They multiply by offsets from their cormlike base, or may be grown from
seed, which should be sown in autumn. They will grow and produce flowers in poorer soil than most
garden plants, but thrive best in good, rich garden soil, and require no special
care. Liatris pycnostachya
is one of the showiest species. The
slender seeds of Liatris are usually
less than 1/4 inch long. The seed
narrows toward the base and is tipped
with a set of soft bristles about as long as the seed itself.
There are 10 ribs or ridges running along the length of the seed.
Prairie blazing star seeds per pound average 131,000.
Adaptation and Distribution
blazing star is found throughout the tall grass prairie biome, often in thick
stands on damp prairies and open bottomlands from Minnesota and Wisconsin south.
a clean weed free seedbed by disking and harrowing or using chemical weed
control. Firm the seedbed by
cultipacking. Seedbed should be
firm enough to allow seed to be planted ¼ inch deep.
For prairie restoration or diverse plantings for wildlife, prairie
blazing star can be incorporated into seed mixes at a rate of 4 ounces pure live
seed/acre. Use unstratified seed in
fall and stratified seed in the spring. A
seeder with a legume box works well in the seeding operation, although other
types of seeders or drills maybe used. Apply
no fertilizer the establishment year unless a soil test indicates a severe
deficiency of phosphorus and potassium. Use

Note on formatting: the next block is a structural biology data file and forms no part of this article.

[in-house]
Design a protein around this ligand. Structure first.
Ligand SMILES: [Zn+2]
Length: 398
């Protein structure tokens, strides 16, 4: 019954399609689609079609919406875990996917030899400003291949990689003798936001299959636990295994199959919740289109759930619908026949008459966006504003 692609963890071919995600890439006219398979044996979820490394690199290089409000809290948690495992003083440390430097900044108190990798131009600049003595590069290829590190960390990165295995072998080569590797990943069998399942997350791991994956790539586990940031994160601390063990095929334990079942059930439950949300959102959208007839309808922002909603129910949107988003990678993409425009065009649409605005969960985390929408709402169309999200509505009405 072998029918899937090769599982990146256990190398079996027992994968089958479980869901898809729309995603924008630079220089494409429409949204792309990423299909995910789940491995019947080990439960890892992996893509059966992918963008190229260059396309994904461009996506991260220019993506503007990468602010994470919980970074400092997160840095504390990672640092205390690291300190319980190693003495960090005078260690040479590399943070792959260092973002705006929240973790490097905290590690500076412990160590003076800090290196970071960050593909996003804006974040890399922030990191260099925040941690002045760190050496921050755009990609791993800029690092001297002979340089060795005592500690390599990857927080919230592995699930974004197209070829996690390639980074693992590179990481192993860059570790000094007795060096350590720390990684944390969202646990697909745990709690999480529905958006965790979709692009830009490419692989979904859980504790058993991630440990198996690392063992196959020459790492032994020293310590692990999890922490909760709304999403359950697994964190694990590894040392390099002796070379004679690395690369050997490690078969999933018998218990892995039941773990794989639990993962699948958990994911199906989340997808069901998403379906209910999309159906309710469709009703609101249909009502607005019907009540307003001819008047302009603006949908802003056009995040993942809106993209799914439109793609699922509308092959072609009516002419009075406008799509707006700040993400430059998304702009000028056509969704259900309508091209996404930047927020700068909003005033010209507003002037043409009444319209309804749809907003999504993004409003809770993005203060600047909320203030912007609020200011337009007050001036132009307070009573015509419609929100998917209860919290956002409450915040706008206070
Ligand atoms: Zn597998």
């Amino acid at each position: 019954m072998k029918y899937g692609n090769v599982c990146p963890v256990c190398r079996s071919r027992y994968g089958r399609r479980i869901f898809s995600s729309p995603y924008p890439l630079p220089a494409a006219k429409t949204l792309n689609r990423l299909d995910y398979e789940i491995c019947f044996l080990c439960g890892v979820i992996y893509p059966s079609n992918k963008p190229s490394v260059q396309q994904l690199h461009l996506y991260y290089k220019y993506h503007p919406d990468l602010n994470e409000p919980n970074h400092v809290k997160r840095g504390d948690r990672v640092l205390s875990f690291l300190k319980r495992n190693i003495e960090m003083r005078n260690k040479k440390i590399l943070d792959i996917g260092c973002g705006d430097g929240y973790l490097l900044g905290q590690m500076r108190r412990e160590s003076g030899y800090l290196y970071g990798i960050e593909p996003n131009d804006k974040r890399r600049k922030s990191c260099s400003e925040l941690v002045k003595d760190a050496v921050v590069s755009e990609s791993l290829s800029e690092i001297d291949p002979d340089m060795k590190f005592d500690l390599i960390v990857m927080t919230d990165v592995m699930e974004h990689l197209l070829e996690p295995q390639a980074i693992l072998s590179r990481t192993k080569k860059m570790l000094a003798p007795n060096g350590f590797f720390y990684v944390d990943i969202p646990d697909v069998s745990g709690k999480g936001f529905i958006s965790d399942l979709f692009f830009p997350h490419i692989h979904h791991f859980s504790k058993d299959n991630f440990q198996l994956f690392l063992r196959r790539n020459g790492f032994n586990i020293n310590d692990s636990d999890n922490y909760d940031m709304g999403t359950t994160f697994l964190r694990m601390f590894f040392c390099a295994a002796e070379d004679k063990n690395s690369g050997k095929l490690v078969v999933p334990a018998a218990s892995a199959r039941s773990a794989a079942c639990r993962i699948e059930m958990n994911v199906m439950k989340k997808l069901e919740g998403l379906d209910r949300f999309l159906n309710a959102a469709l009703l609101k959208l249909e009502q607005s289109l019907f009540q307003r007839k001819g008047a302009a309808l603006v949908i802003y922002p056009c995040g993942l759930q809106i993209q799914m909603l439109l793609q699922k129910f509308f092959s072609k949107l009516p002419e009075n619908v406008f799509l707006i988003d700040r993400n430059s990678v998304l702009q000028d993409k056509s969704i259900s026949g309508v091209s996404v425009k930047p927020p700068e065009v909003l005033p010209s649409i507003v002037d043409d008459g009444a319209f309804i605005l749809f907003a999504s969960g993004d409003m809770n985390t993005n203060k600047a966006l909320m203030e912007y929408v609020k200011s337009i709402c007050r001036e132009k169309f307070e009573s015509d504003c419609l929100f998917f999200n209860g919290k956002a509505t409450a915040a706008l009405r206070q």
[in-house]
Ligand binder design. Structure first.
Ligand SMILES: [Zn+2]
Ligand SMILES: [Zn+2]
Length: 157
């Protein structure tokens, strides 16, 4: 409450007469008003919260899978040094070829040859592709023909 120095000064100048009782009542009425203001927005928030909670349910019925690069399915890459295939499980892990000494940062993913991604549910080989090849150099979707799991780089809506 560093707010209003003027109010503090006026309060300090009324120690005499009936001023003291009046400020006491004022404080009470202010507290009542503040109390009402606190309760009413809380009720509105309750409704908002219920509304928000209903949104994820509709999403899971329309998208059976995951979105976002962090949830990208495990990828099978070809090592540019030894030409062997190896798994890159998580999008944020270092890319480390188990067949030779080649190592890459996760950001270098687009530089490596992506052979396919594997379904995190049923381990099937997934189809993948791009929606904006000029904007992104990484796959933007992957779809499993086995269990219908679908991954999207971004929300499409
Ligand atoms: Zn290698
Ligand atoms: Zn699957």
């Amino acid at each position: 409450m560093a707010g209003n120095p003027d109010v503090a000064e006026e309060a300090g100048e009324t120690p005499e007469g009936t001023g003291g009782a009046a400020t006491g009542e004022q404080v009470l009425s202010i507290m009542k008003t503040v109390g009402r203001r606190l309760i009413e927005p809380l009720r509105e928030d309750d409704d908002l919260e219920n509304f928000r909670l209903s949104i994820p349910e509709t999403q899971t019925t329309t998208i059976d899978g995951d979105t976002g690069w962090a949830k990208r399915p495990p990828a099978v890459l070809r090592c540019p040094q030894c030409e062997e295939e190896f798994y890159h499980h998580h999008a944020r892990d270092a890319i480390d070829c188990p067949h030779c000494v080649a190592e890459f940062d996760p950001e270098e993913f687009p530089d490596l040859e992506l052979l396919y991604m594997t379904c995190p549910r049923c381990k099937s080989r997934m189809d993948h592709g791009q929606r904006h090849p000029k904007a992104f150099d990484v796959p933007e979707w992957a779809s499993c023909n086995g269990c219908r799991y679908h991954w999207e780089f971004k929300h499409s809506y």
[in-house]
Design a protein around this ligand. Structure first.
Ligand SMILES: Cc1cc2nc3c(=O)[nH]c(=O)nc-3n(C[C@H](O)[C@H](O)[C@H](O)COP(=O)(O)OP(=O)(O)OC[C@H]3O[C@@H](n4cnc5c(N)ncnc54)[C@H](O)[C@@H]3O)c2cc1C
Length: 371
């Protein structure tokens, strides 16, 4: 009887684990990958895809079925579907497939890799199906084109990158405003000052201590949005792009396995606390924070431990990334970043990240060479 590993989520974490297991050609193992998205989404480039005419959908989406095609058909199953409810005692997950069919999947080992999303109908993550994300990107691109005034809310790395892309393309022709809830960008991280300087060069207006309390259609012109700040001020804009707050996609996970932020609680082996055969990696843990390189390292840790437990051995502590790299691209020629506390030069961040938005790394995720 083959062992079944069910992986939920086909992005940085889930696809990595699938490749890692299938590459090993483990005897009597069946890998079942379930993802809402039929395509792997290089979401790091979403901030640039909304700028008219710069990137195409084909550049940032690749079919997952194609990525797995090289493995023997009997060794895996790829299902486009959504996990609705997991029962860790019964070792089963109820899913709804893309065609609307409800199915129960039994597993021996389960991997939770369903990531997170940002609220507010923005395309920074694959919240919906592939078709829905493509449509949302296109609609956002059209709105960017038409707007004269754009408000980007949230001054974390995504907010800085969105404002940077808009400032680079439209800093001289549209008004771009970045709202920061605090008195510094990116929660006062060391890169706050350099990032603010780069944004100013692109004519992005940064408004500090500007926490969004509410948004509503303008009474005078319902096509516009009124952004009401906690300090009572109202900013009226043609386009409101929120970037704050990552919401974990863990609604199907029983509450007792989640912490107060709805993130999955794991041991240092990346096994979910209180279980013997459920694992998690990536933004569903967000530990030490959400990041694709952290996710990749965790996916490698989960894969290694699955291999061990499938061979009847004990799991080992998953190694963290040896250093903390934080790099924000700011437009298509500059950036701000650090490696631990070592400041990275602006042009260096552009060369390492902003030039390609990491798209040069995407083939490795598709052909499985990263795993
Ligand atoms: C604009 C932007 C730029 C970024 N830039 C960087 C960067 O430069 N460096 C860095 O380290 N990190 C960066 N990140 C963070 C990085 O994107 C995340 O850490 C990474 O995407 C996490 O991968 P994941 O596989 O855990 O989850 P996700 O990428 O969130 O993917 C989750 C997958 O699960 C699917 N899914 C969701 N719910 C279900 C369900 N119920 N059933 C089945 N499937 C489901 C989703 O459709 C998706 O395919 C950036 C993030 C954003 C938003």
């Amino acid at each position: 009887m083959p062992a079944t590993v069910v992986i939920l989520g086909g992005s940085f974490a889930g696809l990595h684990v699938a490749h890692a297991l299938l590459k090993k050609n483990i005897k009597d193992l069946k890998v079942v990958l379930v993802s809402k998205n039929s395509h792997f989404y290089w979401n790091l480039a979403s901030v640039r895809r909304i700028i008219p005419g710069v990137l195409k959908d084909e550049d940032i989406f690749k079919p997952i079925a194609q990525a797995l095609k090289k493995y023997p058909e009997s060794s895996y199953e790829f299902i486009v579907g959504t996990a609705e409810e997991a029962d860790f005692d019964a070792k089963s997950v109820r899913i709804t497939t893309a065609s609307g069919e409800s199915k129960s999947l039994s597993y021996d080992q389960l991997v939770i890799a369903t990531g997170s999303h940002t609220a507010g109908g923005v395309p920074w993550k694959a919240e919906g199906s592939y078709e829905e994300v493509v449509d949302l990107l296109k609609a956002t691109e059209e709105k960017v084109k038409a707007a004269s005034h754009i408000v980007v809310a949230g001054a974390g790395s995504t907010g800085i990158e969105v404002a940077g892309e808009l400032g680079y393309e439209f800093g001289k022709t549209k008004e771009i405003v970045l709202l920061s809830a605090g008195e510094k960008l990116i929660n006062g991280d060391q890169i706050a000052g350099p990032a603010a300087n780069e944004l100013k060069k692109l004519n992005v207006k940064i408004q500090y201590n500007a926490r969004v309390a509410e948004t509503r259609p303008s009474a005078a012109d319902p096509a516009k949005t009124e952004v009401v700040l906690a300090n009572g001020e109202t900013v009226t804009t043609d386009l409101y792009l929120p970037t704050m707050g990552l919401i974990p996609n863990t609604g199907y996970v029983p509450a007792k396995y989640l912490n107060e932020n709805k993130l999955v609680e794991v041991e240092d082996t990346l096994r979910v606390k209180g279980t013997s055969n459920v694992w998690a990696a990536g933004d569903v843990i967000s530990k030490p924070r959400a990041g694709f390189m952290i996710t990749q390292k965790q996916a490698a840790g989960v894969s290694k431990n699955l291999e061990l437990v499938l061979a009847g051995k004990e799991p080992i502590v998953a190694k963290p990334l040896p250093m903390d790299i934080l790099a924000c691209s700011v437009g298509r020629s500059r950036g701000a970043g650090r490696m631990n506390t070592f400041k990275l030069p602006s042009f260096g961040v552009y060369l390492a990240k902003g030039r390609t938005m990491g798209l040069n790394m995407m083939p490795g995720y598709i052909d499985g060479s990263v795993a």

no nitrogen during the establishment year as this can encourage weed
pycnostachya Prairie Blazing Star seedling
vigor is good and stands are comparatively easy to establish where competition
During establishment, reduce weed competition by mowing above the height of the prairie blazing star or using approved herbicides. In established stands, prescribed burning may be appropriate where plant vigor declines or where invader species threaten native mix stands.
Prairie blazing star is not considered weedy or invasive and has not been noted spreading to adjoining areas. Seedlings have not been noted spreading from original plantings or if they do spread, the rate of spread is not alarming.
The map below shows areas where native Liatris pycnostachya, Prairie Blazing Star, Kansas Gayfeather grow wild but it can be planted and will grow over a much wider area than shown. USDA plant hardiness zones 3 to 9.
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Prairie Blazing Star,
Kansas Gayfeather Plant distribution map
complements of USDA, NRCS. 2001. The PLANTS Database, Version 3.1
(http://plants.usda.gov). National Plant Data Center, Baton Rouge, LA 70874-4490 USA.
working on page
Tall gayfeather, prairie gayfeather, blazing star, prairie blazing star, and hairy button snakeroot, Kansas gayfeather
Cattle graze thickspike gayfeather and it is considered a decreaser in pastures under heavy grazing pressure (Menhusen 1973). Thickspike is a particularly beautiful member of the genus Liatris with its height and large sized flowering spike. These flowering spikes make long lasting cut flowers since the heads will proceed to open just as if they were still on the plant. If the spike is air dried rapidly in the dark the flowering spike will retain much of its color and can be used in attractive dry plant arrangements.
Kindscher (1992) indicated that the corm of thickspike was used by Native Americans and others to treat gonorrhea. Art (1991) indicated that it could be used to treat kidney diseases. Birds use the seed for food and rodents eat the corms. Thickspike gayfeather can be used for roadside and park beautification, prairie restoration, wildlife cover and food, landscaping, and to increase plant diversity in natural and man made prairie communities.